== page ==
THE LUFTWAFFE IN AFRICA 1941-1943.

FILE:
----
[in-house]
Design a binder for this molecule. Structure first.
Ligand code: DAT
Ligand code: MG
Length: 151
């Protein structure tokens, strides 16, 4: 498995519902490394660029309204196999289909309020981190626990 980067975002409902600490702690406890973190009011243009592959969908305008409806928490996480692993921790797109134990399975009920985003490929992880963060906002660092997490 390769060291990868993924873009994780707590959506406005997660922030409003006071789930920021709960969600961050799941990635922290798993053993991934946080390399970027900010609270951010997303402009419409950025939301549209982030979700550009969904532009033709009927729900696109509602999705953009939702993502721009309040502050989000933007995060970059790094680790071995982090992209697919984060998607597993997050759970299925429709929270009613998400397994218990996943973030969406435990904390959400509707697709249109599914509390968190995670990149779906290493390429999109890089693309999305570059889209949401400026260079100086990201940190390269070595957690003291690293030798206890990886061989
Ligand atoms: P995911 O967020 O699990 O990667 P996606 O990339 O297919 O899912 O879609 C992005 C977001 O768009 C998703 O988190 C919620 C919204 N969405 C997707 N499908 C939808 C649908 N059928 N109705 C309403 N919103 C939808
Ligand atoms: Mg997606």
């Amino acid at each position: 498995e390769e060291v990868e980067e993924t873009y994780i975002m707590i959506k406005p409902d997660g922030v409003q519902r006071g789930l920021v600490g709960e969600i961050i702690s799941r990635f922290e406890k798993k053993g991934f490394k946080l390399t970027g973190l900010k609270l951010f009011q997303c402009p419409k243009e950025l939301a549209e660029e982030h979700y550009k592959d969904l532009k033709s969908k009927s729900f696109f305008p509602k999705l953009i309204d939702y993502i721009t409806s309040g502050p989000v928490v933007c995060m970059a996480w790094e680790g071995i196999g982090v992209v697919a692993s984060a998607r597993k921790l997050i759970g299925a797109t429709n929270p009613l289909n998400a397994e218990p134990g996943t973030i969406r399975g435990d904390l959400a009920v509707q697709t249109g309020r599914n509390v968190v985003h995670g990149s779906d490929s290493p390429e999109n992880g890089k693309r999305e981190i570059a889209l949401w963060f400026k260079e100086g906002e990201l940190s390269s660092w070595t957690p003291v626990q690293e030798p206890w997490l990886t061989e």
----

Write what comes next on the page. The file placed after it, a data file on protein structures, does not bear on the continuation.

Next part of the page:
Adolf Hitler considered the Mediterranean an unimportant theater of the war, leaving it to the troops of Benito Mussolini who wanted to dominate the "Mare Nostro." Nevertheless, when the Italian army was defeated on the Libyan-Egyptian border at the beginning of 1941, the Fuhrer was forced to help his ally by sending an air detachment first to Sicily, then Africa. This latest in the Casemate Illustrated series examines that tiny expeditionary force, solely devoted to protecting Italian possessions in North Africa. When General Erwin Rommel launched his Afrika Korps to the east, the Luftwaffe had to go on the offensive to cover that advance. With over 100 images, this book explores how German and British air forces were quickly reinforced and, in the following months, Germany was forced to engage more and more aerial units on what was initially considered a peripheral arena of the war for the German High Command. Losses in bombers and fighters were high on both sides and when, at the end of 1942, the Allies landed in Morocco and Algeria on the back of the Afrika Korps, the Wehrmacht's fate was sealed. The depleted Luftwaffe did its best but could not change the course of the battle. The last German units capitulated in Tunisia in May 1943.